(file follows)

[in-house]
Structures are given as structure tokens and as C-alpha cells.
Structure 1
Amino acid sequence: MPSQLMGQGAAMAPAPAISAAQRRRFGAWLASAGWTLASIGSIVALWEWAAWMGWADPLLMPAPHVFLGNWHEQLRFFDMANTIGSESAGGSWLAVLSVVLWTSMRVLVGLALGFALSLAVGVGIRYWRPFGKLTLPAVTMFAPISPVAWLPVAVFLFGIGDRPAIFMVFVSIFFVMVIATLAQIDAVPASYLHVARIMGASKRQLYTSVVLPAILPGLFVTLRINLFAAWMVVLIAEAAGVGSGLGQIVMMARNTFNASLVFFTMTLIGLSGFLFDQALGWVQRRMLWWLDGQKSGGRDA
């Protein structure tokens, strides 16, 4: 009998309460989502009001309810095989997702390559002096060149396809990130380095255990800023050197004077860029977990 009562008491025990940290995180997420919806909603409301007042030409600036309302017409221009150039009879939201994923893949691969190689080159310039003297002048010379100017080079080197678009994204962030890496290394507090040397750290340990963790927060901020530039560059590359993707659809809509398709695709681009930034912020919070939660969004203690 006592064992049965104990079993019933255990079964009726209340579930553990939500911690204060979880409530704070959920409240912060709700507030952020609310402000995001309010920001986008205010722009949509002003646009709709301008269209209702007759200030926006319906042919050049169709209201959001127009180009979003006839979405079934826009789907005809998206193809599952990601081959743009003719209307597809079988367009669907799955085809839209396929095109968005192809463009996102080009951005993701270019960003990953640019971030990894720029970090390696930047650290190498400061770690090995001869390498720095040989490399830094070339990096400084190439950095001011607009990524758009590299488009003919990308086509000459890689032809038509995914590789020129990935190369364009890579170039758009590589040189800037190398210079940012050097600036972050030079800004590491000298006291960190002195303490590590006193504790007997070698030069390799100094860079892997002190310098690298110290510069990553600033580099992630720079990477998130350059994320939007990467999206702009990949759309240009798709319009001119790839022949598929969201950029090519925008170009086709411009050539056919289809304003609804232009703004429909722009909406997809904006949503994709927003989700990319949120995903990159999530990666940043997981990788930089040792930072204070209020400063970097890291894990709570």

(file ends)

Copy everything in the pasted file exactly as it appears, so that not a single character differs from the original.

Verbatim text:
[in-house]
Structures are given as structure tokens and as C-alpha cells.
Structure 1
Amino acid sequence: MPSQLMGQGAAMAPAPAISAAQRRRFGAWLASAGWTLASIGSIVALWEWAAWMGWADPLLMPAPHVFLGNWHEQLRFFDMANTIGSESAGGSWLAVLSVVLWTSMRVLVGLALGFALSLAVGVGIRYWRPFGKLTLPAVTMFAPISPVAWLPVAVFLFGIGDRPAIFMVFVSIFFVMVIATLAQIDAVPASYLHVARIMGASKRQLYTSVVLPAILPGLFVTLRINLFAAWMVVLIAEAAGVGSGLGQIVMMARNTFNASLVFFTMTLIGLSGFLFDQALGWVQRRMLWWLDGQKSGGRDA
């Protein structure tokens, strides 16, 4: 009998309460989502009001309810095989997702390559002096060149396809990130380095255990800023050197004077860029977990 009562008491025990940290995180997420919806909603409301007042030409600036309302017409221009150039009879939201994923893949691969190689080159310039003297002048010379100017080079080197678009994204962030890496290394507090040397750290340990963790927060901020530039560059590359993707659809809509398709695709681009930034912020919070939660969004203690 006592064992049965104990079993019933255990079964009726209340579930553990939500911690204060979880409530704070959920409240912060709700507030952020609310402000995001309010920001986008205010722009949509002003646009709709301008269209209702007759200030926006319906042919050049169709209201959001127009180009979003006839979405079934826009789907005809998206193809599952990601081959743009003719209307597809079988367009669907799955085809839209396929095109968005192809463009996102080009951005993701270019960003990953640019971030990894720029970090390696930047650290190498400061770690090995001869390498720095040989490399830094070339990096400084190439950095001011607009990524758009590299488009003919990308086509000459890689032809038509995914590789020129990935190369364009890579170039758009590589040189800037190398210079940012050097600036972050030079800004590491000298006291960190002195303490590590006193504790007997070698030069390799100094860079892997002190310098690298110290510069990553600033580099992630720079990477998130350059994320939007990467999206702009990949759309240009798709319009001119790839022949598929969201950029090519925008170009086709411009050539056919289809304003609804232009703004429909722009909406997809904006949503994709927003989700990319949120995903990159999530990666940043997981990788930089040792930072204070209020400063970097890291894990709570």